Note: Where available, the PDF/Word icon below is provided to view the complete and fully formatted document
 Download Full Day's HansardDownload Full Day's Hansard    View Or Save XMLView/Save XML

Previous Fragment    Next Fragment
Wednesday, 6 May 1936


Senator GIBSON (Victoria) .- Item 161, upon which the- Senate voted last night, was of comparatively minor importance. As a matter of fact, the total value of the imports covered by it did not exceed £1,000, so that the item was not of much consequence. Senator Herbert Hays has pointed out correctly that imports of machinery from Canada and the United States of America have fallen away considerably. Of the machines covered by the item now before the committee, there are no importations, because the International Harvester Company has arranged for the manufacture of its reaper-threshers in Australia, and the Massey Harris Company has combined with H. V. McKay and Company for a similar purpose.


Senator Hardy - "Would not the establishment of the International Harvester Company in Australia bc of advantage to the Commonwealth ?


Senator GIBSON - I am not suggesting otherwise. I desire to emphasize, however, that this enterprise is now, in conjunction with an Australian company, manufacturing agricultural implements in Australia. This matter, which at one time was of great importance, has now become one of relatively minor importance. In 1934, the total imports into Australia of farm machinery of all descriptions, including agricultural, pastoral and dairying implements, were valued at only £284,000, whereas the value of implements manufactured in Australia was £1,767,000. In contrast with those figures, the imports in 1927 were as high as £973,000, and the value of the Australian manufactures, £3,819,000. The position to-day is that our requirements are being manufactured in the Commonwealth; but, as Senator Herbert Hays has truthfully pointed our, the cost of these machines is too high. As I endeavoured to show last night, it cost £226 to sell £700 worth of agricultural machinery. In the face of those figures, obviously something is wrong in our methods of distribution. It is. a pity that competition is non-existent; it has been definitely eliminated.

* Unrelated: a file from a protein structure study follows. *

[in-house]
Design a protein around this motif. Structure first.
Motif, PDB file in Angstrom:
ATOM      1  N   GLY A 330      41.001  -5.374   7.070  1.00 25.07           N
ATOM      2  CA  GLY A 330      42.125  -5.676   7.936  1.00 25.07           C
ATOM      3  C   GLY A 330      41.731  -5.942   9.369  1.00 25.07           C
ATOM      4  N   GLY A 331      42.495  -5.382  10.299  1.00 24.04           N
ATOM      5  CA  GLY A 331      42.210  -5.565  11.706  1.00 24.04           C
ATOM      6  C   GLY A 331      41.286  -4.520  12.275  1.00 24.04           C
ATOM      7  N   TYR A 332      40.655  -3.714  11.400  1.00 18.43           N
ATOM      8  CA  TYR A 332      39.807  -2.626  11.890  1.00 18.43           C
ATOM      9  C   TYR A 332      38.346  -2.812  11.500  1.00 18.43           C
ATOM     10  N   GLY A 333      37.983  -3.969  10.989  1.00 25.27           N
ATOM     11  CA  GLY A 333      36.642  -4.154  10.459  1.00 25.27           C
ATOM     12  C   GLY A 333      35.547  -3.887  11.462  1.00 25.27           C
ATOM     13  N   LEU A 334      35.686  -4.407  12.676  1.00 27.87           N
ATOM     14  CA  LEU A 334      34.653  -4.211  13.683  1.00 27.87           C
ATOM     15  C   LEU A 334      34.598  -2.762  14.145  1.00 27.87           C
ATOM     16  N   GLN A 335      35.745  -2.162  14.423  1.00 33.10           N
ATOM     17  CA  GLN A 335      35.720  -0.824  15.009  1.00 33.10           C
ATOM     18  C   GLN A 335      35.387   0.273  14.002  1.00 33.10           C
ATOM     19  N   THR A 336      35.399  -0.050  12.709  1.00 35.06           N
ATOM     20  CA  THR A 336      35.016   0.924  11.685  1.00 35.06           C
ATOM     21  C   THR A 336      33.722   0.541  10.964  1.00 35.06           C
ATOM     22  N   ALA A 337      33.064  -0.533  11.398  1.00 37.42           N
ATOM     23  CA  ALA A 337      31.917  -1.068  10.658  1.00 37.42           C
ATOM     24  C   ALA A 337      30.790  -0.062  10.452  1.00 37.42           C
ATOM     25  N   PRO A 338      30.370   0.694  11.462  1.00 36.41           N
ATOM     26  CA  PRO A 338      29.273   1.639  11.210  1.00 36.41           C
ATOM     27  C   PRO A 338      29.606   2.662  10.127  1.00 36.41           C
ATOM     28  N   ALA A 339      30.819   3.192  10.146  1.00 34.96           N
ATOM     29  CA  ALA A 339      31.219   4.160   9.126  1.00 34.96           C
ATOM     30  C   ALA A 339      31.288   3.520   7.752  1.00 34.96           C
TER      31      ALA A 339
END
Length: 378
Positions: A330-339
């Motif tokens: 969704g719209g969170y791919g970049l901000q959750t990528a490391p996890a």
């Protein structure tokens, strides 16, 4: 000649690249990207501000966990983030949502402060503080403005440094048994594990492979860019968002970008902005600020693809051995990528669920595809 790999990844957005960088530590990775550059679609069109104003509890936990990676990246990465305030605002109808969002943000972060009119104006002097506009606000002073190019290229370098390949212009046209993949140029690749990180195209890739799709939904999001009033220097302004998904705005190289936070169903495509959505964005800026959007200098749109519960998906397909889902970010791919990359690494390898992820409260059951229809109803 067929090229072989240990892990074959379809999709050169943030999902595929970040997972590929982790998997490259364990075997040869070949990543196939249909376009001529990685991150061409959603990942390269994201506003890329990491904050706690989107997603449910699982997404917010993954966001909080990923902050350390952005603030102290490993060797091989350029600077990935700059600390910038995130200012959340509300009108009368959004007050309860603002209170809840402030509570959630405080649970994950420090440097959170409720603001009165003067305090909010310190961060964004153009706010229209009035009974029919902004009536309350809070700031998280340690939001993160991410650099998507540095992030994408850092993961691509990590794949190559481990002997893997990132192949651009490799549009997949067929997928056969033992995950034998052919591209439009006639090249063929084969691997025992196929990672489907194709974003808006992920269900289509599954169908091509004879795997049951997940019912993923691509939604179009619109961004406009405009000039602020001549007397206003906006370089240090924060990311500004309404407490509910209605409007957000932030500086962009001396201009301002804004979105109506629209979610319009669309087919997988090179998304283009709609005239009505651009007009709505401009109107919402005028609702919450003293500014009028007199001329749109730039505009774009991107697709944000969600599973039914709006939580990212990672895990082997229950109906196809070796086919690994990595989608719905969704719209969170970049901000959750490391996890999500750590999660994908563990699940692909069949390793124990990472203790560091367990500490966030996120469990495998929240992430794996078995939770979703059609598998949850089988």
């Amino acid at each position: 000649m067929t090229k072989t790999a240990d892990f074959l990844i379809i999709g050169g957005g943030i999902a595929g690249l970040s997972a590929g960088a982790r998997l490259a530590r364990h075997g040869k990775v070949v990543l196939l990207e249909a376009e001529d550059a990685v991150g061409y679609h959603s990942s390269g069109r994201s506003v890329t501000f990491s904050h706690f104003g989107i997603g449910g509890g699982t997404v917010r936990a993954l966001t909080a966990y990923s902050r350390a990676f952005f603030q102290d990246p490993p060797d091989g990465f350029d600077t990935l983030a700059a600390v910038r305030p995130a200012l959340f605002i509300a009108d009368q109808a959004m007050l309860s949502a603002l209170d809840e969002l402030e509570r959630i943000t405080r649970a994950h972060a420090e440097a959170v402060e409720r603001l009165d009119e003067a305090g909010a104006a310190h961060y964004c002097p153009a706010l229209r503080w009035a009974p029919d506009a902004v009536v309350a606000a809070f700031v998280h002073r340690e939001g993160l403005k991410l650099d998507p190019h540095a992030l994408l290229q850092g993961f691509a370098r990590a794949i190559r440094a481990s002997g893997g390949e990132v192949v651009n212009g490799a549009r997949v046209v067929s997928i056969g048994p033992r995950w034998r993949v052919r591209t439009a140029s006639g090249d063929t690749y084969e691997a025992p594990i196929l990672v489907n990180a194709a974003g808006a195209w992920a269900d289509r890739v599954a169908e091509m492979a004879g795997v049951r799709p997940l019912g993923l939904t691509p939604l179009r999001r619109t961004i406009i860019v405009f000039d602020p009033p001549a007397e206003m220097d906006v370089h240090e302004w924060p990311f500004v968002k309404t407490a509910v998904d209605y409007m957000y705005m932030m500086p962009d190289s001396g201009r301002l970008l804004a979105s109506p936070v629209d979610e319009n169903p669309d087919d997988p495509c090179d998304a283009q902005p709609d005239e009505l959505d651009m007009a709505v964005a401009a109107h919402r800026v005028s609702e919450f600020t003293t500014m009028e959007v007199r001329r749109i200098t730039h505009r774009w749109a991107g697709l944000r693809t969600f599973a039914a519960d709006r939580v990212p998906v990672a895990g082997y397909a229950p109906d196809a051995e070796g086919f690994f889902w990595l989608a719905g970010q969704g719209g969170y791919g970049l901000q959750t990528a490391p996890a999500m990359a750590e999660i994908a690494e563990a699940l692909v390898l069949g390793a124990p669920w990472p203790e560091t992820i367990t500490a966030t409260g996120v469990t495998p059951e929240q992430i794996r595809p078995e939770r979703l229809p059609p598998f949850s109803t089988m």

Senator Hardy - There would have to be a considerable volume of foreign competition to affect the present prices of Australian machinery.


Senator GIBSON - I have already pointed out that the International Harvester Company is having its machinery manufactured in Australia, while the Massey Harris Company has combined with H. V. McKay and Company. I do not use the term " combined " in any sense of disparagement, but these arrangements have tended to abolish competition.


Senator Guthrie - If there is no competition, why is it necessary for an enterprise to spend so much money in putting its implements on the market?


Senator GIBSON - That excessive expenditure, I believe, induced the Tariff Board to report as it did.


Senator Sir George Pearce - Mitchell and Company Proprietary Limited is in competition with H. V. McKay and Company.


Senator GIBSON - Yes; in addition to Mitchell and Company Proprietary Limited, there are Shearer and Sons Limited, T. Robinson and Company Proprietary Limited, and quite a number of other manufacturers; but the competition of the International Harvester Company has ceased. I would like to see a reduction of the cost of agricultural machinery to the farmers, without affecting the profits made by the Australian manufacturers. In my opinion, this can be effected very largely-


Senator Brown - By dismissing the salesmen ?


Senator GIBSON - If an expenditure of £266 was required to sell £700 worth of machinery, I fail to see that any harm would be done by dismissing the salesmen.







Suggest corrections